FIDE hopes CARICOM chess tournament be huge impulse in Caribbean

With the launch of the inaugural CARICOM Chess Tournament, the first of its kind regionally, new potential for transformative social impact associated with the game will emerge.

Importantly, the chess tournament is being hosted in Guyana, creating a platform for growth, and learning, and fostering a sense of camaraderie among players.

Minister of Culture, Youth and Sport, Charles Ramson and FIDE Deputy President and renown Indian Chess Grandmaster and former five-time World Chess Champion, Viswanathan Anand

This is a notable achievement by the PPP/C Administration in the sports sector.

The International Chess Federation or World Chess Federation, commonly referred to by its French acronym FIDE has displayed interest in the development of the sport in this part of the world by being present for the five-day tournament.

Minister of Minister of Culture, Youth and Sport, Charles Ramson on Monday received a courtesy call from FIDE Deputy President and renowned Indian Chess Grandmaster Viswanathan Anand.

The former five-time world chess champion expressed his excitement that Guyana is hosting the first CARICOM championship.

“I travel around the world to support chess events…to help new countries get more active in the game. So, we want to encourage and we are thrilled that Guyana is hosting the first CARICOM championship and we hope that this will be a huge impulse for chess in the Caribbean,” he underscored.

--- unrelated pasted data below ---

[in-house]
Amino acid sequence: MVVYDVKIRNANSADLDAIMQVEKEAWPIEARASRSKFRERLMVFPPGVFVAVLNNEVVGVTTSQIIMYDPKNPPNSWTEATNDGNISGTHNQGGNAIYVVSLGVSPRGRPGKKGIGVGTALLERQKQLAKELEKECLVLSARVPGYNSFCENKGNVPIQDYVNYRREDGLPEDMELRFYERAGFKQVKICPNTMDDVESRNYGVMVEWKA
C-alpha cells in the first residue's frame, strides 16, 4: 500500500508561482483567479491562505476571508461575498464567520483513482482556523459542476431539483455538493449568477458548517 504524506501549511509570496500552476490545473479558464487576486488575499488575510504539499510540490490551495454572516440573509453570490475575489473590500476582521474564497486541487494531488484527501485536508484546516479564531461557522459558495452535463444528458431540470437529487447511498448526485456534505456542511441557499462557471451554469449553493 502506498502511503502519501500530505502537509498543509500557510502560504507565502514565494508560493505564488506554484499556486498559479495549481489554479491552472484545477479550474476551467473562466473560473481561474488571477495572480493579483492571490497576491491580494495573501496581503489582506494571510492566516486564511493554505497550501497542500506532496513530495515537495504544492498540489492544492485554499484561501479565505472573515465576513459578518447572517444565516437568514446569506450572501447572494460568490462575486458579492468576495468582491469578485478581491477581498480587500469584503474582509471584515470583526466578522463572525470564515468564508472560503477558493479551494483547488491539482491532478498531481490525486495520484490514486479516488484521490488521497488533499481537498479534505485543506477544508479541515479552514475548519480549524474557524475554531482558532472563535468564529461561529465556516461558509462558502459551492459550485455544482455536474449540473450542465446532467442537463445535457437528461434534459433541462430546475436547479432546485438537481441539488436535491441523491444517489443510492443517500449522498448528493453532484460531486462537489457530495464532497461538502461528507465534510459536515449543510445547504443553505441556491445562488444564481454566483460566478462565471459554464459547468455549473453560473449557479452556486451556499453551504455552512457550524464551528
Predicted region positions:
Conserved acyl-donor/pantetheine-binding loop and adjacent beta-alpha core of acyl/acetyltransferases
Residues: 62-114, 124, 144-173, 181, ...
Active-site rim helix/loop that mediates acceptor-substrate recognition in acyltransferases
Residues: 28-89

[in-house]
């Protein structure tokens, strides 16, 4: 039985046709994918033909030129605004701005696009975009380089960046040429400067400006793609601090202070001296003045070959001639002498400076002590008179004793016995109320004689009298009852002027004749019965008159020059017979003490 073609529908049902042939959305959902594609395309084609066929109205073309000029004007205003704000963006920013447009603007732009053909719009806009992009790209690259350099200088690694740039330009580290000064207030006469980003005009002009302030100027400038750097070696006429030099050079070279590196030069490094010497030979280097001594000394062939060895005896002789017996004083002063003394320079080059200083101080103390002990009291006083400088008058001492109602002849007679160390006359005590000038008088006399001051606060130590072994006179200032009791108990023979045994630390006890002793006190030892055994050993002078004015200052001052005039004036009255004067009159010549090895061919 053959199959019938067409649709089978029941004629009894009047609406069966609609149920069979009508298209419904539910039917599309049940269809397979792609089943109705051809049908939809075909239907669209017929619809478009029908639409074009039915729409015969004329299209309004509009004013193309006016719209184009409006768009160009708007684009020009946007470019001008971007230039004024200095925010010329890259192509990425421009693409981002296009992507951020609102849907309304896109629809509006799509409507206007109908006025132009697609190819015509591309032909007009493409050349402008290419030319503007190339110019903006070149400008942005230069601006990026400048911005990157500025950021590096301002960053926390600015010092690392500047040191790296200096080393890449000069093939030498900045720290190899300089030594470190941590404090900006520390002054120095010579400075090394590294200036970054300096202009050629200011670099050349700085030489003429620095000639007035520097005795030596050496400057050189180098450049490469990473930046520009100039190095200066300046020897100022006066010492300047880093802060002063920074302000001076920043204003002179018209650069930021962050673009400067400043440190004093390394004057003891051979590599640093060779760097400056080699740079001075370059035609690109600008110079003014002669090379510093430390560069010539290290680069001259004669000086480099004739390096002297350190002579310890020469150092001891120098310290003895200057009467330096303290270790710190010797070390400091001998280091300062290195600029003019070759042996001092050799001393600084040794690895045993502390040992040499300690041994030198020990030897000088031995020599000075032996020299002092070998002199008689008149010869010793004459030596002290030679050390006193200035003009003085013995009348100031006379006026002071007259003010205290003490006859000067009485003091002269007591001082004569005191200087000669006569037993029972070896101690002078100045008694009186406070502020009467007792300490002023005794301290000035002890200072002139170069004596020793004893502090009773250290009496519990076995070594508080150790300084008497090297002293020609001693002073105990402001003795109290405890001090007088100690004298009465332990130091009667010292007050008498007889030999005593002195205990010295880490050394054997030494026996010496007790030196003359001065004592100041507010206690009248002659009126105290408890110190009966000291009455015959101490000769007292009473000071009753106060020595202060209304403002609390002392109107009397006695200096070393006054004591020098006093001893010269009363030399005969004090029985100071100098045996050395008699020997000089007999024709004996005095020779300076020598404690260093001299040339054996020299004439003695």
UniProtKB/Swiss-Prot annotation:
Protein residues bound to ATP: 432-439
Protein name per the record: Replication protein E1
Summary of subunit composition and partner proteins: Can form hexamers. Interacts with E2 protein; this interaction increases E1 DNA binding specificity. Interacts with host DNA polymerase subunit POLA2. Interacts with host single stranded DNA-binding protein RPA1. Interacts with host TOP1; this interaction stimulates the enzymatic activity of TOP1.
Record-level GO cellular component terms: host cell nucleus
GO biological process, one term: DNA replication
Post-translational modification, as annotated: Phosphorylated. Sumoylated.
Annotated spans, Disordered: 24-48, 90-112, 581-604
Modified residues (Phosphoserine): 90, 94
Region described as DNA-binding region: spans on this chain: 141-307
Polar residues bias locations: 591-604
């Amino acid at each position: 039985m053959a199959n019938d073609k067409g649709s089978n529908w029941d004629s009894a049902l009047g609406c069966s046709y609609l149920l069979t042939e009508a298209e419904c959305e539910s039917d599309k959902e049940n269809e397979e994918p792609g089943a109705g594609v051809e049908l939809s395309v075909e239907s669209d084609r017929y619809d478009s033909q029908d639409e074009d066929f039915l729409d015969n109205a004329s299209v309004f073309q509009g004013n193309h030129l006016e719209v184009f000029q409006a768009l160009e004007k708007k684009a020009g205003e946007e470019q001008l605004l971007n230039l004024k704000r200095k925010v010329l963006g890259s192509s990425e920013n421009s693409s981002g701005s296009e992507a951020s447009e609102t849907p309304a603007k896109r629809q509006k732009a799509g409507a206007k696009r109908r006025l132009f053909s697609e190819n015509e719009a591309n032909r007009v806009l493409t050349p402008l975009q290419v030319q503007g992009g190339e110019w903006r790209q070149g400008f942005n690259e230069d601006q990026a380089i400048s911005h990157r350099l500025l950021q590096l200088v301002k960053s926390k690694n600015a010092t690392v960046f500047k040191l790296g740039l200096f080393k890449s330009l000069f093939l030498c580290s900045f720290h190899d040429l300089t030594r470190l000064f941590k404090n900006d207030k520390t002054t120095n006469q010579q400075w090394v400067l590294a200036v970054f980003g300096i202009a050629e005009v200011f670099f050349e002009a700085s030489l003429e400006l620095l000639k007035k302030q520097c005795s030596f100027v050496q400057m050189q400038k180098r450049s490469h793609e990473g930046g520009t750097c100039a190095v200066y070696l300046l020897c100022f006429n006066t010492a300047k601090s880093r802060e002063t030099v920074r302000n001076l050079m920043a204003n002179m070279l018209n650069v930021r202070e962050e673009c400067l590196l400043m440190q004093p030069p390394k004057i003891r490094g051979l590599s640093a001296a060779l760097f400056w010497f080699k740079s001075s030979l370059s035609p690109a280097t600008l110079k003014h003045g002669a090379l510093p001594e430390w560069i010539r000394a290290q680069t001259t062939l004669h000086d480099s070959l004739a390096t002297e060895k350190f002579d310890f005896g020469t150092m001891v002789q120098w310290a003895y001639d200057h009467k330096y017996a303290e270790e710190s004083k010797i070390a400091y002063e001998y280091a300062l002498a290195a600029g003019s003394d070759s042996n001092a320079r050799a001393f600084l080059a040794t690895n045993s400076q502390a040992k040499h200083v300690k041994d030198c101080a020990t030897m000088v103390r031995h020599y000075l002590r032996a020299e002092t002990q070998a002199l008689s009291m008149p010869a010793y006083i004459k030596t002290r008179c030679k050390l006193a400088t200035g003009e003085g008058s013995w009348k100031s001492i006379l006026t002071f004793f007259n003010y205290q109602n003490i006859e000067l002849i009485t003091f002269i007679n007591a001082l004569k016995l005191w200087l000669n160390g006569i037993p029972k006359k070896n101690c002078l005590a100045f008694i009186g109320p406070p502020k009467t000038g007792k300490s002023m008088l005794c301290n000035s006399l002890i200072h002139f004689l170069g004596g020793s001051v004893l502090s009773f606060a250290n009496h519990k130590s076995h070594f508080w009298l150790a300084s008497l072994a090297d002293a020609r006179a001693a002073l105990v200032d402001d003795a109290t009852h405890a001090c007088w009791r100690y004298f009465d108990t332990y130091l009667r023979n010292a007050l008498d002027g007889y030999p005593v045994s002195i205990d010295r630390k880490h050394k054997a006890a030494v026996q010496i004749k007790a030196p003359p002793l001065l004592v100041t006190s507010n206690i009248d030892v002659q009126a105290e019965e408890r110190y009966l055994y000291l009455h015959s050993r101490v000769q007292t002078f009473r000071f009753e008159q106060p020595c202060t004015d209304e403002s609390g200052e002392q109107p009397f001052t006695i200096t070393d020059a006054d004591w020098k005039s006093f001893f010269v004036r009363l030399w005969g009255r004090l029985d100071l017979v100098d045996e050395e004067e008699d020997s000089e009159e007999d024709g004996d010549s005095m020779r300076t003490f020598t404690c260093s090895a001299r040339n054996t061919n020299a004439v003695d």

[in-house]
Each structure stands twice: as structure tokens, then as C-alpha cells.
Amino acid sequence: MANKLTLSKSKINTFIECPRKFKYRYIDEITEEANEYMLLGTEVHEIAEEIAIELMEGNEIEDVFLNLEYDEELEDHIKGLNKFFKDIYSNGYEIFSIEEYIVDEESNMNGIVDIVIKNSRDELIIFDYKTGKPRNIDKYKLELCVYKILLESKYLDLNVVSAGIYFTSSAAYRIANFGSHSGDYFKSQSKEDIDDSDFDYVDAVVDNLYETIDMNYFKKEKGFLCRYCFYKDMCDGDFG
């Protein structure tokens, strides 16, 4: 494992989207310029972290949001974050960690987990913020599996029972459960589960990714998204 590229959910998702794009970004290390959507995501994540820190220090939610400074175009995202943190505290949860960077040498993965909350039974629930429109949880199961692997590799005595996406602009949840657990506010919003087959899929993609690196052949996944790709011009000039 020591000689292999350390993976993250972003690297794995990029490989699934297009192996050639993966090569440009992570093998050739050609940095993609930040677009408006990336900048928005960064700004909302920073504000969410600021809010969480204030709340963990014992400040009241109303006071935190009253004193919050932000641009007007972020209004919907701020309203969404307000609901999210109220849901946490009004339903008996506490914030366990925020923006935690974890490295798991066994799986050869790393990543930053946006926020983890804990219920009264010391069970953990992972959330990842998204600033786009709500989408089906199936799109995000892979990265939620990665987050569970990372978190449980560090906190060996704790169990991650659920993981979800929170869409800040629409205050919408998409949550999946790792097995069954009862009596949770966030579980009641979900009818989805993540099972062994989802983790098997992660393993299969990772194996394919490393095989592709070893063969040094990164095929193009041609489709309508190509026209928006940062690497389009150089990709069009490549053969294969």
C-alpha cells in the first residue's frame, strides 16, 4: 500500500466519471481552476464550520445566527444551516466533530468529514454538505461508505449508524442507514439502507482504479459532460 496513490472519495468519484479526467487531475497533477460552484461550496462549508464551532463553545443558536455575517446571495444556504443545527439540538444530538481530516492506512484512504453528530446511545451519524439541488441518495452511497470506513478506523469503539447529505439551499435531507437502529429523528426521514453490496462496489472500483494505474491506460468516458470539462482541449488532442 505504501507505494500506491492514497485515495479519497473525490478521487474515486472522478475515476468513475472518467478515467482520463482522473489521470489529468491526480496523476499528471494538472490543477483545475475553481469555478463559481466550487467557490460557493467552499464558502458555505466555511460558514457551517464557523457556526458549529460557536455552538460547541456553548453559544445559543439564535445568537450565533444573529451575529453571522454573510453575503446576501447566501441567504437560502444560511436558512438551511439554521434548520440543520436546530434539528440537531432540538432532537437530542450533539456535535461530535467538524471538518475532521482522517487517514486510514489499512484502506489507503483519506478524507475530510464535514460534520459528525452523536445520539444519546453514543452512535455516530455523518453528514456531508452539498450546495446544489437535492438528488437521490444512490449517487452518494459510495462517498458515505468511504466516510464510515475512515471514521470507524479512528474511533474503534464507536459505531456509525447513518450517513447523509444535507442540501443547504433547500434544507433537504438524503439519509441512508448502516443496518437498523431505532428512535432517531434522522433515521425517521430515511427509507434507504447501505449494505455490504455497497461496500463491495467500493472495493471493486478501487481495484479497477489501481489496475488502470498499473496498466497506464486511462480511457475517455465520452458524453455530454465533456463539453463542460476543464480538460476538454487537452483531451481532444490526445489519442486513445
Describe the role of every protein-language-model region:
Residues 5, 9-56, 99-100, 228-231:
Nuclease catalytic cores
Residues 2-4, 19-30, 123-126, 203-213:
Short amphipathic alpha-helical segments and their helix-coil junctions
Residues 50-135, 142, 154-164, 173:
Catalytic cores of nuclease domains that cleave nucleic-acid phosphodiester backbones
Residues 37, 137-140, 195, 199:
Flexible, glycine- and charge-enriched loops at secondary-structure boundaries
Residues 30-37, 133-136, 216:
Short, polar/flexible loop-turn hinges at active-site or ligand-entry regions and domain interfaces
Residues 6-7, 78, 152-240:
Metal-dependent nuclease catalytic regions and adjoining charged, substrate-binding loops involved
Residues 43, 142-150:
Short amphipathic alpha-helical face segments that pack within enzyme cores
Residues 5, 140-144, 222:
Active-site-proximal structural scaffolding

Anand highlighted that closing the gap that exists between men and women in the sport has been an ongoing quest for FIDE.

To achieve this, FIDE has stabilised the global female circuit to encourage and expand female participation in the sport.

“We have now stable top events for women and we have increased the prize from everywhere. So, we have now what is called the grand queen, multiple events where women can qualify for the world title for the candidates just like the men,” he noted.

Taking a brief insight into the life of Viswanathan Anand, he became the first grandmaster from India in 1988 and has the eighth highest peak FIDE rating of all time.

Known for his rapid playing speed as a child, Anand earned the alias ‘Lightning Kid’ during his early career in the 1980s.

He was the first recipient of the Khel Ratna Award in 1991–92, India’s highest sporting honour.

Continuing on his journey of becoming a world champion, Anand defeated Alexei Shirov in a six-game match to win the 2000 FIDE World Chess Championship, a title he held until 2002.

In April 2006, the chess champ became the fourth player in history to pass the 2800 Elo mark on the FIDE rating list, after Kramnik, Topalov, and Garry Kasparov occupying the number one position for 21 months, the sixth-longest period on record.

In 2007, Anand became the undisputed world champion and was then awarded India’s second-highest civilian award, the Padma Vibhushan, making him the first sportsperson to receive the award.

Similarly, in this year Anand defended his title against Vladimir Kramnik in 2008, Veselin Topalov in 2010, and Boris Gelfand in 2012.

He has since developed into a universal player, and many consider him the greatest rapid chess player of his generation.

He won the FIDE World Rapid Chess Championship in 2003 and 2017, the World Blitz Cup in 2000, and numerous other top-level rapid and blitz events.

In 2022, he was elected the deputy president of FIDE.

Meanwhile, the CARICOM Chess Tournament has commenced and is being conducted at the Ramada Georgetown Princess Hotel with a mix of team players from The Bahamas, Barbados, the Cayman Islands, Dominica, Jamaica, St Lucia, Suriname, Trinidad and Tobago, and host country Guyana vying for the CARICOM title over the next 5 days.